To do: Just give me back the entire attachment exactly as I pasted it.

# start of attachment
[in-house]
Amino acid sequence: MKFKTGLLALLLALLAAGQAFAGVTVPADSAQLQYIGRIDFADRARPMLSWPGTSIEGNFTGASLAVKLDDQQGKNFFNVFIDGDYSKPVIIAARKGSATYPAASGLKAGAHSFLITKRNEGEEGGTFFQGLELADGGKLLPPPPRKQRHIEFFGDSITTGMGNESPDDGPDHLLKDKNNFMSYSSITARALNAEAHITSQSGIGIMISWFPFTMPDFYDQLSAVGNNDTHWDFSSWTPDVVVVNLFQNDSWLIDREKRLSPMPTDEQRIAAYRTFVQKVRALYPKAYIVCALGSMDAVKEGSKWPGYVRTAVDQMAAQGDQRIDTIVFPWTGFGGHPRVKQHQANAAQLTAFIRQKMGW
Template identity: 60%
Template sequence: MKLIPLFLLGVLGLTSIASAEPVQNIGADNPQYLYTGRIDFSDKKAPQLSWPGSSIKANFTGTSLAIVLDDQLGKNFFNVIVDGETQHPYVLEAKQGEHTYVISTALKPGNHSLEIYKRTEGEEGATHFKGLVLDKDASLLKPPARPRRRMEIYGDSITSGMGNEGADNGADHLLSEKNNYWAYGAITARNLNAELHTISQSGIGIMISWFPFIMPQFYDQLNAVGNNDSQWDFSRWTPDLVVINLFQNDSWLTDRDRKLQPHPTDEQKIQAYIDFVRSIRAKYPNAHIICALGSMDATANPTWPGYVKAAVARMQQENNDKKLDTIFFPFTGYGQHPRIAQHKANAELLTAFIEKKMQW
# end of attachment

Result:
[in-house]
Amino acid sequence: MKFKTGLLALLLALLAAGQAFAGVTVPADSAQLQYIGRIDFADRARPMLSWPGTSIEGNFTGASLAVKLDDQQGKNFFNVFIDGDYSKPVIIAARKGSATYPAASGLKAGAHSFLITKRNEGEEGGTFFQGLELADGGKLLPPPPRKQRHIEFFGDSITTGMGNESPDDGPDHLLKDKNNFMSYSSITARALNAEAHITSQSGIGIMISWFPFTMPDFYDQLSAVGNNDTHWDFSSWTPDVVVVNLFQNDSWLIDREKRLSPMPTDEQRIAAYRTFVQKVRALYPKAYIVCALGSMDAVKEGSKWPGYVRTAVDQMAAQGDQRIDTIVFPWTGFGGHPRVKQHQANAAQLTAFIRQKMGW
Template identity: 60%
Template sequence: MKLIPLFLLGVLGLTSIASAEPVQNIGADNPQYLYTGRIDFSDKKAPQLSWPGSSIKANFTGTSLAIVLDDQLGKNFFNVIVDGETQHPYVLEAKQGEHTYVISTALKPGNHSLEIYKRTEGEEGATHFKGLVLDKDASLLKPPARPRRRMEIYGDSITSGMGNEGADNGADHLLSEKNNYWAYGAITARNLNAELHTISQSGIGIMISWFPFIMPQFYDQLNAVGNNDSQWDFSRWTPDLVVINLFQNDSWLTDRDRKLQPHPTDEQKIQAYIDFVRSIRAKYPNAHIICALGSMDATANPTWPGYVKAAVARMQQENNDKKLDTIFFPFTGYGQHPRIAQHKANAELLTAFIEKKMQW